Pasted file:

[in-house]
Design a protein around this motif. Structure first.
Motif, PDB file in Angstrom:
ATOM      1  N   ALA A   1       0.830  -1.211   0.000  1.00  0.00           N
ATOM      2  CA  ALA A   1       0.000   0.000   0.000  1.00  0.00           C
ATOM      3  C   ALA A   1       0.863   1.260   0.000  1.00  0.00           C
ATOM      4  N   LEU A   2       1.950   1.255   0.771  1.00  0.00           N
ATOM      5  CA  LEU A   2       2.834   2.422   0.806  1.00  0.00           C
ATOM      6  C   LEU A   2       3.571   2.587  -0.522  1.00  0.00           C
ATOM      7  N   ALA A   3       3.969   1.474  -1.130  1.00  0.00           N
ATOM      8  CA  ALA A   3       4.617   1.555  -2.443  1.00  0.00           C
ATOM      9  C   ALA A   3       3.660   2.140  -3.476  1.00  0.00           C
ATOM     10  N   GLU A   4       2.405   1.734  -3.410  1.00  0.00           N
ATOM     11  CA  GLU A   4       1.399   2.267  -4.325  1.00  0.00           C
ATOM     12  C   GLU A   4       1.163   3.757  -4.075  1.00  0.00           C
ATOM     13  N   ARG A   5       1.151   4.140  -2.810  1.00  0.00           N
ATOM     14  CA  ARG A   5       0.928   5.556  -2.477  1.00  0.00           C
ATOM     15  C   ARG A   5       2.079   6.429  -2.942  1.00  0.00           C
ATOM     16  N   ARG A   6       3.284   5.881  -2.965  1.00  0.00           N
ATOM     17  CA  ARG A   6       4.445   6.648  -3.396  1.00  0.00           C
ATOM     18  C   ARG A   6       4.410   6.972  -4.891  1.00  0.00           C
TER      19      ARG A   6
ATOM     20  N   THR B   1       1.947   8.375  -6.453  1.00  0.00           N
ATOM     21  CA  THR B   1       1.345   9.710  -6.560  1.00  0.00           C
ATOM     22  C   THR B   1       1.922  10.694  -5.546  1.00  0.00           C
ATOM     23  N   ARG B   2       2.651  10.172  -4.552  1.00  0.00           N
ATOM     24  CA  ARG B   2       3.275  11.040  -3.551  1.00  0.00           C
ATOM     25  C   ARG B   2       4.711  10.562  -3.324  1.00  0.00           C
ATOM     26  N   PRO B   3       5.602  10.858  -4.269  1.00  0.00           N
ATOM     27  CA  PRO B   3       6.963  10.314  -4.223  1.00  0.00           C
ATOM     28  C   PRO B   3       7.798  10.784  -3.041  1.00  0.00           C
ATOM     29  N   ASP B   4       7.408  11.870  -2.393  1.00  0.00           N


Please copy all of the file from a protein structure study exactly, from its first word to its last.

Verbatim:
[in-house]
Design a protein around this motif. Structure first.
Motif, PDB file in Angstrom:
ATOM      1  N   ALA A   1       0.830  -1.211   0.000  1.00  0.00           N
ATOM      2  CA  ALA A   1       0.000   0.000   0.000  1.00  0.00           C
ATOM      3  C   ALA A   1       0.863   1.260   0.000  1.00  0.00           C
ATOM      4  N   LEU A   2       1.950   1.255   0.771  1.00  0.00           N
ATOM      5  CA  LEU A   2       2.834   2.422   0.806  1.00  0.00           C
ATOM      6  C   LEU A   2       3.571   2.587  -0.522  1.00  0.00           C
ATOM      7  N   ALA A   3       3.969   1.474  -1.130  1.00  0.00           N
ATOM      8  CA  ALA A   3       4.617   1.555  -2.443  1.00  0.00           C
ATOM      9  C   ALA A   3       3.660   2.140  -3.476  1.00  0.00           C
ATOM     10  N   GLU A   4       2.405   1.734  -3.410  1.00  0.00           N
ATOM     11  CA  GLU A   4       1.399   2.267  -4.325  1.00  0.00           C
ATOM     12  C   GLU A   4       1.163   3.757  -4.075  1.00  0.00           C
ATOM     13  N   ARG A   5       1.151   4.140  -2.810  1.00  0.00           N
ATOM     14  CA  ARG A   5       0.928   5.556  -2.477  1.00  0.00           C
ATOM     15  C   ARG A   5       2.079   6.429  -2.942  1.00  0.00           C
ATOM     16  N   ARG A   6       3.284   5.881  -2.965  1.00  0.00           N
ATOM     17  CA  ARG A   6       4.445   6.648  -3.396  1.00  0.00           C
ATOM     18  C   ARG A   6       4.410   6.972  -4.891  1.00  0.00           C
TER      19      ARG A   6
ATOM     20  N   THR B   1       1.947   8.375  -6.453  1.00  0.00           N
ATOM     21  CA  THR B   1       1.345   9.710  -6.560  1.00  0.00           C
ATOM     22  C   THR B   1       1.922  10.694  -5.546  1.00  0.00           C
ATOM     23  N   ARG B   2       2.651  10.172  -4.552  1.00  0.00           N
ATOM     24  CA  ARG B   2       3.275  11.040  -3.551  1.00  0.00           C
ATOM     25  C   ARG B   2       4.711  10.562  -3.324  1.00  0.00           C
ATOM     26  N   PRO B   3       5.602  10.858  -4.269  1.00  0.00           N
ATOM     27  CA  PRO B   3       6.963  10.314  -4.223  1.00  0.00           C
ATOM     28  C   PRO B   3       7.798  10.784  -3.041  1.00  0.00           C
ATOM     29  N   ASP B   4       7.408  11.870  -2.393  1.00  0.00           N